Two Tulsa Police Officers are being credited for saving a man's life after a shooting at an apartment complex. Tactical Combat Care Training turned back a ticking-clock for a man with a serious gun shot wound.
The Halo seal: it is a simple tool that can save a life.
"They are meant to cover holes in the chest, to prevent air from going into the chest when it is not supposed to be there," said Tulsa Police Officer Anthony First.
And this week in Tulsa, that is exactly what happened. Police say a man was shot at Waterstone Apartments on Thursday morning, April 25. He walked less than half a mile away bleeding from his chest- that's where two Tulsa Police officers found him.
"We are using training that originated with the United States Military," said First.
The two officers used a HALO seal to cover the hole until the victim could get to a hospital. It's a massive part of what is called tactical combat care training. Tulsa Police Officer Anthony First says it allows Tulsa Police officers to administer aid while they are waiting for paramedics to get to a scene.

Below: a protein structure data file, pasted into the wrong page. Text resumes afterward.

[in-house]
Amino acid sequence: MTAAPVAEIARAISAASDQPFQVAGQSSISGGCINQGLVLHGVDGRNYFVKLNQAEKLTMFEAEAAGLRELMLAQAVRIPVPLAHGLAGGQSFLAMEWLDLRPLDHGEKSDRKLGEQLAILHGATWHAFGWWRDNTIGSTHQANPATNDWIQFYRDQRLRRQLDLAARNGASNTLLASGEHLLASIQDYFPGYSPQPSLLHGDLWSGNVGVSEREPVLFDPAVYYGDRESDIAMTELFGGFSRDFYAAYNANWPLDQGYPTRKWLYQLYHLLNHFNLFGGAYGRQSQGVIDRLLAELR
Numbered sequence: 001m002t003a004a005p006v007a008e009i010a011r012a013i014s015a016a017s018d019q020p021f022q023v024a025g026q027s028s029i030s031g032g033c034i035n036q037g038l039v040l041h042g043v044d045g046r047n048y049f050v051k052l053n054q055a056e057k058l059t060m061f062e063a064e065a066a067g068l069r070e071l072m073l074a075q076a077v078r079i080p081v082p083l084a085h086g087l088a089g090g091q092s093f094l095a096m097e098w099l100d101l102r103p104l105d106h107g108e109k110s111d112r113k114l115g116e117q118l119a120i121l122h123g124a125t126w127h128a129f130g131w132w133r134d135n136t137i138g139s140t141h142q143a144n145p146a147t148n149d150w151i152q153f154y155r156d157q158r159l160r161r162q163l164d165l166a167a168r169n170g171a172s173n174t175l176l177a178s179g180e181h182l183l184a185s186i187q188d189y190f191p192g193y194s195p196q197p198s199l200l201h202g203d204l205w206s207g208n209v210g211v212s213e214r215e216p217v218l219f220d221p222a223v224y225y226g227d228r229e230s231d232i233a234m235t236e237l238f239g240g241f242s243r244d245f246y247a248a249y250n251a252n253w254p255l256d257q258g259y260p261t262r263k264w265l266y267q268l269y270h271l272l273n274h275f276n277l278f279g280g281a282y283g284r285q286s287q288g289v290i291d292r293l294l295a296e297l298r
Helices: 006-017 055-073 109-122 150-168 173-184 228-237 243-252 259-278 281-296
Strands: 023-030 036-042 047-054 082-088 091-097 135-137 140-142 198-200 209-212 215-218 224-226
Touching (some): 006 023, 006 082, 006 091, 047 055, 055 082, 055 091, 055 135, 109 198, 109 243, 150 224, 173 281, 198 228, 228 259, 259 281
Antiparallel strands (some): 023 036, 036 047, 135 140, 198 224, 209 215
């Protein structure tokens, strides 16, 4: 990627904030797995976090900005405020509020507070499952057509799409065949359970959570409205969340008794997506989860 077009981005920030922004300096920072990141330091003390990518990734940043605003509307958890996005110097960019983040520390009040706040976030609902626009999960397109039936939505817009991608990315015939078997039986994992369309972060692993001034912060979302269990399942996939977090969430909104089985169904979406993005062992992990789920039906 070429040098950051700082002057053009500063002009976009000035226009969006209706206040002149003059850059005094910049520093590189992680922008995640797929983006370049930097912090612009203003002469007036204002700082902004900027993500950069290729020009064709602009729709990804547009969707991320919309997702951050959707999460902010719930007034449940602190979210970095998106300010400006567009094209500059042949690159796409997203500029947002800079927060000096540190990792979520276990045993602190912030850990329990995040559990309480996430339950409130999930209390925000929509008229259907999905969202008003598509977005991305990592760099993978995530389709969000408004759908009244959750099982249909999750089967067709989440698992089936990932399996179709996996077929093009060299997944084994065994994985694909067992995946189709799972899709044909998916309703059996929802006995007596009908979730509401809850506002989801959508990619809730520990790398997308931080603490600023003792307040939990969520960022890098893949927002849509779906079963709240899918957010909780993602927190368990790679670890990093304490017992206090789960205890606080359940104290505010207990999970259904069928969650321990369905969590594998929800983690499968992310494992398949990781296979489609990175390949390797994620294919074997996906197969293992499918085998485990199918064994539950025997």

Related Story: Police: Tulsa Man Sent To Hospital After Shooting
"A lesson that we have learned from overseas is that the time we typically spend waiting for someone to come get our patients is costing them their lives," said First.
It becomes muscle memory for officers to stay calm while administering aid to people who are losing large amounts of blood, having chest issues or problems due to blocked airways.
"We spend a lot of time teaching our officers and our officer medics how to go back and forth between being the tactically minded officer when the need comes and being the healer, going into the provider mode," said First.